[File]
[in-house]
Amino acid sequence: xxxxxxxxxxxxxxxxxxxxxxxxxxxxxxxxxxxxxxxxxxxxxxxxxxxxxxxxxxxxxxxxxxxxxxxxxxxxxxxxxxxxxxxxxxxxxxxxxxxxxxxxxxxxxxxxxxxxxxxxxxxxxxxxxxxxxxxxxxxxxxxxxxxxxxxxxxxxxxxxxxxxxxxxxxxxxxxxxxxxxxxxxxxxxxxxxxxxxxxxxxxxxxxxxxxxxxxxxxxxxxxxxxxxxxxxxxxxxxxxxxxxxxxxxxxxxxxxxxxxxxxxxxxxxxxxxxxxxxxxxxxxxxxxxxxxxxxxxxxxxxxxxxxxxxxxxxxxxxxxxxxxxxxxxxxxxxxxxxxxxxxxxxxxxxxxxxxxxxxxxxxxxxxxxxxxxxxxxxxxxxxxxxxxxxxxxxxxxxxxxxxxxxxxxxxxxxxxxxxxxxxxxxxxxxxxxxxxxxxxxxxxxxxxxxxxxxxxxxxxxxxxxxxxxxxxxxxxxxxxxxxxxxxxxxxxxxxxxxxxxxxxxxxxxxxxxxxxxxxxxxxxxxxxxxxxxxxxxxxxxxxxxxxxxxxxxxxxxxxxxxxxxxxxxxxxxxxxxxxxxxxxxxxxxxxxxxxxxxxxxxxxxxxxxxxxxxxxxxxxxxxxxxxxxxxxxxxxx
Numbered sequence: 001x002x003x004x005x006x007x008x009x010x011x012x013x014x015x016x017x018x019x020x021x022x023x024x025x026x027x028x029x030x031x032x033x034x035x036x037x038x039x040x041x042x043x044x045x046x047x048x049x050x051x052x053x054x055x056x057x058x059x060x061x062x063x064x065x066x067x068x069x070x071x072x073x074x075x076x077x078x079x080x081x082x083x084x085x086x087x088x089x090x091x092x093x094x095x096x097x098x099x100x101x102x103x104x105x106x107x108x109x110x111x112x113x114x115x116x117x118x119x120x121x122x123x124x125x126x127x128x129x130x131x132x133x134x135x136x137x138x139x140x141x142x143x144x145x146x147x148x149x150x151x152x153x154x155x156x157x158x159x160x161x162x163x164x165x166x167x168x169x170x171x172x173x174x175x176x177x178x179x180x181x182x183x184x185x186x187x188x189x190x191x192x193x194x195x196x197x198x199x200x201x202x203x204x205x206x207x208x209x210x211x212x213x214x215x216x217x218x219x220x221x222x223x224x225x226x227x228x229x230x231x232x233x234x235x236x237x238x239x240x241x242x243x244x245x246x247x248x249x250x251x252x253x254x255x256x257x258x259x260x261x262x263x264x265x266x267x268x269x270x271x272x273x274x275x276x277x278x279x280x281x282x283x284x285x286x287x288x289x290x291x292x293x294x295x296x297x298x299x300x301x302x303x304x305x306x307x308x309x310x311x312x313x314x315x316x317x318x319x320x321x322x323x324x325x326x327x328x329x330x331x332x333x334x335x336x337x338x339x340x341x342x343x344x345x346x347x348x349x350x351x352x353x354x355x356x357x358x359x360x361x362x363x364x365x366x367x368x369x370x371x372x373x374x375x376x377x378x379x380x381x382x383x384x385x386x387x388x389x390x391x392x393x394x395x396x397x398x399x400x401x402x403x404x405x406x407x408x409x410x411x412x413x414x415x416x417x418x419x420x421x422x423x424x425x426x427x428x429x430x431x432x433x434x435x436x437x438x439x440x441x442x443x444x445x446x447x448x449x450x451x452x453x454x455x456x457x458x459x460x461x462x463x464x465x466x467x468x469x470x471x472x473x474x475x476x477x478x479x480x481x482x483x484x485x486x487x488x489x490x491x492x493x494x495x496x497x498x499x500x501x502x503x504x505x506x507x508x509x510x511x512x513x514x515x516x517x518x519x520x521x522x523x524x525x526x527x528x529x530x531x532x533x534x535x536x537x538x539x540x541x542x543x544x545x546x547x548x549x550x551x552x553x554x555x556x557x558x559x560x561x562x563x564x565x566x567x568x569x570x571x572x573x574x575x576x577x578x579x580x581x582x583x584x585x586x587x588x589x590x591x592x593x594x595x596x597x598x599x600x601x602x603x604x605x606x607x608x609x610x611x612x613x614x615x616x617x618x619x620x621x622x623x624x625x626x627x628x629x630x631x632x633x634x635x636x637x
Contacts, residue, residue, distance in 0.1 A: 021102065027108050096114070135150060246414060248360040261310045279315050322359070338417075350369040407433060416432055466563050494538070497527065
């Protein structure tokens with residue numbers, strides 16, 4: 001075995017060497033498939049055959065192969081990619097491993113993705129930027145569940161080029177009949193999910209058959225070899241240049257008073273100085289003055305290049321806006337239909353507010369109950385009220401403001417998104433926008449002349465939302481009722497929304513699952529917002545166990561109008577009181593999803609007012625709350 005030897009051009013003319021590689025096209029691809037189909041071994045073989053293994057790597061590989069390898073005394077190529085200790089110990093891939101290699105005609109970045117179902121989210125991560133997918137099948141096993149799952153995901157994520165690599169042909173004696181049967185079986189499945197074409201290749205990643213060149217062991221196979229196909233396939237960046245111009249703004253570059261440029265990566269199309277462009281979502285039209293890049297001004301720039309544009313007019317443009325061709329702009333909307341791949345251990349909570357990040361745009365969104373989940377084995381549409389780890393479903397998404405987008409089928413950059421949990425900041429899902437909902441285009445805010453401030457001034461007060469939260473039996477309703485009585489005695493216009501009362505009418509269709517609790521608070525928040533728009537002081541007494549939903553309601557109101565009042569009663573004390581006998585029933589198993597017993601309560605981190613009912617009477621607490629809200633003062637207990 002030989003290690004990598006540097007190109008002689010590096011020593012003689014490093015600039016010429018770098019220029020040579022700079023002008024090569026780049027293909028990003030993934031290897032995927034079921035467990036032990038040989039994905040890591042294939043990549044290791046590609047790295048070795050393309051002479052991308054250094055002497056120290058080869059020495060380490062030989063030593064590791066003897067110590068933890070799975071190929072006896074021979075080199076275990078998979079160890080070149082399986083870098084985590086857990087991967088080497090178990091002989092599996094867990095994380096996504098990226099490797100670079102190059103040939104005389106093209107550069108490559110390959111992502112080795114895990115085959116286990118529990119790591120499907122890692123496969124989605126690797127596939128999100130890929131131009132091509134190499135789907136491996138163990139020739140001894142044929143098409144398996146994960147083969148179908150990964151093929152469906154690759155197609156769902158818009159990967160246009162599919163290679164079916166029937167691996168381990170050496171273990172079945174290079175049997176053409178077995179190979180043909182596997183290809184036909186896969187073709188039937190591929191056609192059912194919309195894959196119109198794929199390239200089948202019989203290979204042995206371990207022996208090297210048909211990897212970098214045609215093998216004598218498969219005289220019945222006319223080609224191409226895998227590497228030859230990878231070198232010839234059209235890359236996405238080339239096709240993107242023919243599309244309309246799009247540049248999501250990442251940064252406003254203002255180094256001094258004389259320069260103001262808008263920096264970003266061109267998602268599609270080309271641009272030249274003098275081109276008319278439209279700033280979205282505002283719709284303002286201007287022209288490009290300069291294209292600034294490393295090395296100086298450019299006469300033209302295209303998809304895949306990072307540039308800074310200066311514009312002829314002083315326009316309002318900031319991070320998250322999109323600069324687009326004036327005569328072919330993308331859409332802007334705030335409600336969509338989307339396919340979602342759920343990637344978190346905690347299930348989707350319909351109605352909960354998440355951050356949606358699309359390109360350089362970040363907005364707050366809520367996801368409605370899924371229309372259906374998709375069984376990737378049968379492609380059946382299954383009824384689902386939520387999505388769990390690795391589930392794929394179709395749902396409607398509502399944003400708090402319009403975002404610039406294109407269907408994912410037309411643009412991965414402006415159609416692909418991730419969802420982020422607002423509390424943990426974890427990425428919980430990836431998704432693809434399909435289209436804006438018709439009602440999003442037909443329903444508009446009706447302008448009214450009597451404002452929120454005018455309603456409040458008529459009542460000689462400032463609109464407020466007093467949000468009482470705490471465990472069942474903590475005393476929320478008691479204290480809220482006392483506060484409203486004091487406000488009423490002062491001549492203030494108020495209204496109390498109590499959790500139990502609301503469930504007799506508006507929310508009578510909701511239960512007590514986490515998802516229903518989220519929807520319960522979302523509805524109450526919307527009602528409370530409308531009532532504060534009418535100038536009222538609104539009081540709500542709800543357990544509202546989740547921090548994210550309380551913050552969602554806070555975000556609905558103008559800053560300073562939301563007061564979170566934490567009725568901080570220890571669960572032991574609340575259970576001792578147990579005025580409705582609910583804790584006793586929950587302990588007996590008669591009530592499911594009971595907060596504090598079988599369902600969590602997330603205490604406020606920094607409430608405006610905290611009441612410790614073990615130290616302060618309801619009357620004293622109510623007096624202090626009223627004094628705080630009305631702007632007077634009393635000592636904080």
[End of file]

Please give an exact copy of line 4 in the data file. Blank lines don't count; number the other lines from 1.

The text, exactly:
Contacts, residue, residue, distance in 0.1 A: 021102065027108050096114070135150060246414060248360040261310045279315050322359070338417075350369040407433060416432055466563050494538070497527065